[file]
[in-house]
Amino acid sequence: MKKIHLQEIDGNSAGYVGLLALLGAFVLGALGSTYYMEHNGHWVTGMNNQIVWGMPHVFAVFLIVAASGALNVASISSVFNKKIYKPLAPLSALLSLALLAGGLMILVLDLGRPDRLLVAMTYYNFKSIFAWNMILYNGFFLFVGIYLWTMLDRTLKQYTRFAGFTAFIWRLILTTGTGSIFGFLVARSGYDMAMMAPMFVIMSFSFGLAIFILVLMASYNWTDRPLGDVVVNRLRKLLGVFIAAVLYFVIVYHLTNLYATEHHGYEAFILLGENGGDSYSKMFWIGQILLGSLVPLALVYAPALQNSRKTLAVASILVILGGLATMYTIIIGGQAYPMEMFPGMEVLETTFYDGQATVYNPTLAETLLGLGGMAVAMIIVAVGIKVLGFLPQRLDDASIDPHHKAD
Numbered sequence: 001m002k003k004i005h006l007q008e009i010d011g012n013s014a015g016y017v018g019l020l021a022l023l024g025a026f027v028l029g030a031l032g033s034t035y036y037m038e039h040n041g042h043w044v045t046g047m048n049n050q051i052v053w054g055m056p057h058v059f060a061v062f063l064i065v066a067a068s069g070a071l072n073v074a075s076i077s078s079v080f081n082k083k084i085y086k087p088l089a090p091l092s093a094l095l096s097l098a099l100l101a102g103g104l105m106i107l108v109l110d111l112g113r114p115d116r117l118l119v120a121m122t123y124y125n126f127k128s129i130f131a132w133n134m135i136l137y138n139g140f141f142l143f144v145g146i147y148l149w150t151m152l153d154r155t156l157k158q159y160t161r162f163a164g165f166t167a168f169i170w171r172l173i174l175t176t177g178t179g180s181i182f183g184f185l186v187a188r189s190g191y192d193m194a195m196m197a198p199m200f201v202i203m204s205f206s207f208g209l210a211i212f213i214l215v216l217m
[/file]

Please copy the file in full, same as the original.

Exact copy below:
[in-house]
Amino acid sequence: MKKIHLQEIDGNSAGYVGLLALLGAFVLGALGSTYYMEHNGHWVTGMNNQIVWGMPHVFAVFLIVAASGALNVASISSVFNKKIYKPLAPLSALLSLALLAGGLMILVLDLGRPDRLLVAMTYYNFKSIFAWNMILYNGFFLFVGIYLWTMLDRTLKQYTRFAGFTAFIWRLILTTGTGSIFGFLVARSGYDMAMMAPMFVIMSFSFGLAIFILVLMASYNWTDRPLGDVVVNRLRKLLGVFIAAVLYFVIVYHLTNLYATEHHGYEAFILLGENGGDSYSKMFWIGQILLGSLVPLALVYAPALQNSRKTLAVASILVILGGLATMYTIIIGGQAYPMEMFPGMEVLETTFYDGQATVYNPTLAETLLGLGGMAVAMIIVAVGIKVLGFLPQRLDDASIDPHHKAD
Numbered sequence: 001m002k003k004i005h006l007q008e009i010d011g012n013s014a015g016y017v018g019l020l021a022l023l024g025a026f027v028l029g030a031l032g033s034t035y036y037m038e039h040n041g042h043w044v045t046g047m048n049n050q051i052v053w054g055m056p057h058v059f060a061v062f063l064i065v066a067a068s069g070a071l072n073v074a075s076i077s078s079v080f081n082k083k084i085y086k087p088l089a090p091l092s093a094l095l096s097l098a099l100l101a102g103g104l105m106i107l108v109l110d111l112g113r114p115d116r117l118l119v120a121m122t123y124y125n126f127k128s129i130f131a132w133n134m135i136l137y138n139g140f141f142l143f144v145g146i147y148l149w150t151m152l153d154r155t156l157k158q159y160t161r162f163a164g165f166t167a168f169i170w171r172l173i174l175t176t177g178t179g180s181i182f183g184f185l186v187a188r189s190g191y192d193m194a195m196m197a198p199m200f201v202i203m204s205f206s207f208g209l210a211i212f213i214l215v216l217m